Accrued Interest is a buy-side bond trader for a registered RIA with $1 billion under management.
Selling 51% of Smith Barney only makes sense if Citigroup is going to sell 100% of Citibank (i.e., the rest of the firm) as well.
We know, or at least think we know the following:
- • Citi isn’t desperate for capital. They just got a huge chunk from us taxpayers.
- • They aren’t getting much cash in this deal, reportedly less than $3 billion. A pittance in the scheme of Citigroup.
- • This doesn’t unload any troubled assets.
- • Smith Barney is a reliable earnings producer.
Selling Smith Barney doesn’t solve any of their problems. It neither raises any capital to speak of, nor does it unload bad assets. And why sell now? Supposedly they are going to book some $10 billion in gains on the sale, but so what? No one is fooled into thinking that’s real capital right? Valuation on the brokerage unit is got to be at all-time lows!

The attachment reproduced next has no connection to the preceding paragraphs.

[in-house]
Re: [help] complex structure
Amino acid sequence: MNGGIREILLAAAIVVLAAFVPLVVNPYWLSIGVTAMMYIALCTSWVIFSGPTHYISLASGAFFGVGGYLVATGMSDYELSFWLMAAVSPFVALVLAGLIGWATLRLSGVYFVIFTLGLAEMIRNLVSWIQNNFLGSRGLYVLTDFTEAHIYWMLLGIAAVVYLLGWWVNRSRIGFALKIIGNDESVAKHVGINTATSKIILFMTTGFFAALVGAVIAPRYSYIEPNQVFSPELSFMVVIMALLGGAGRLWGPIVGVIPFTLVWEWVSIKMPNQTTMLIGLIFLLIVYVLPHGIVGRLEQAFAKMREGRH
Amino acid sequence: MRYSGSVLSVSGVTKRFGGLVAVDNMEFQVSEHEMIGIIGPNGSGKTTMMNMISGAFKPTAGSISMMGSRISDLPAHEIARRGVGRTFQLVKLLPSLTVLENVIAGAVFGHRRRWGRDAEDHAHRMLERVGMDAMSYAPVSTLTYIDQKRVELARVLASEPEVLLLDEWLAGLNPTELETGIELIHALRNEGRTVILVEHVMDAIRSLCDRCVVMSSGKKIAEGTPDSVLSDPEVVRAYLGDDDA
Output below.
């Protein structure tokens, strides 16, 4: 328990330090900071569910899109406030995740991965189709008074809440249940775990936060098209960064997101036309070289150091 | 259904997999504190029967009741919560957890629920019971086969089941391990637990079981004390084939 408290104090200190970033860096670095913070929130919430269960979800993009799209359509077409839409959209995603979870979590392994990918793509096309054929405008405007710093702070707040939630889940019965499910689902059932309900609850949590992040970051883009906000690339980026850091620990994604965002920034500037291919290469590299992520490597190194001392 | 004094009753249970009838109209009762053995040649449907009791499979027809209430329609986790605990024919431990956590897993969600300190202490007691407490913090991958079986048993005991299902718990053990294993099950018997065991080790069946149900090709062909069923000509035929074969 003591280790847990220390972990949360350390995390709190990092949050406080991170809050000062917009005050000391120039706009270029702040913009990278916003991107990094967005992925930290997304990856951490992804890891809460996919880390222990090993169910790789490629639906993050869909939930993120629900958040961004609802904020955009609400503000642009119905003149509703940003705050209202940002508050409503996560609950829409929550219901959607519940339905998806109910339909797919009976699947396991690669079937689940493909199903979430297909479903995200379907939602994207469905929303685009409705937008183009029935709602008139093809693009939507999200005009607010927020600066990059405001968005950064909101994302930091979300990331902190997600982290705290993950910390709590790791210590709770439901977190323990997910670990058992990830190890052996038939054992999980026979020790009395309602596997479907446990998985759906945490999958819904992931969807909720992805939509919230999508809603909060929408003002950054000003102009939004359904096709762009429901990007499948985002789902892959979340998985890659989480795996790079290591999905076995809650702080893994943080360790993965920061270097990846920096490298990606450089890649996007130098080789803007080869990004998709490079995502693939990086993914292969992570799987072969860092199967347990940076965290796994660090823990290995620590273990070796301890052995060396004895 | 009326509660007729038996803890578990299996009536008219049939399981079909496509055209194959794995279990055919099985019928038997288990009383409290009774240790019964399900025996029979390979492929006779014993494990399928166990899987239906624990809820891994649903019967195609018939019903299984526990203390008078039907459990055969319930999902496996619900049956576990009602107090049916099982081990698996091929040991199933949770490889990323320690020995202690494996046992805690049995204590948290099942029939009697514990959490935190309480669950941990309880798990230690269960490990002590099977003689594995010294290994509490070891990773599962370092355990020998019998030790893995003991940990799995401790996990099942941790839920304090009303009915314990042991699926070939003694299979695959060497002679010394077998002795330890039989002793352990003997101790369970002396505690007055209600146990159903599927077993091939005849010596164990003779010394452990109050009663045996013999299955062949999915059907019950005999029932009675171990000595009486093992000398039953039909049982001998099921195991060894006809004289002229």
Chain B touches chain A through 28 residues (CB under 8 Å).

In fact, by selling Smith Barney, Citi is giving away deposits. Many Smith Barney clients use Citibank deposit accounts as a sweep vehicle. I haven’t seen numbers on this, but a friend of mine who works confirms this is very common.
Citigroup isn’t doing this to focus on its classic banking division, because Citi has been more of a investment and commercial bank than a retail bank for at least 15 years. This would be reversing a generation’s worth of “progress” toward transforming Citibank. Citi doesn’t have the branch network to suddenly become a serious competitor with Bank of America or Wells Fargo.
But it all starts to make sense if you assume that the rest of Citi is also for sale. Say the buyer is Goldman Sachs, who doesn’t want Smith Barney’s 14,000 brokers or their back office or their compliance headaches, etc. Goldman just wants the big fat bank and its deposit base to give them secure funding. To me I’d rather see Goldman buy up smaller banks with less baggage, but maybe Goldman expects some government help?
I just have the feeling there is more going on here than just Smith Barney.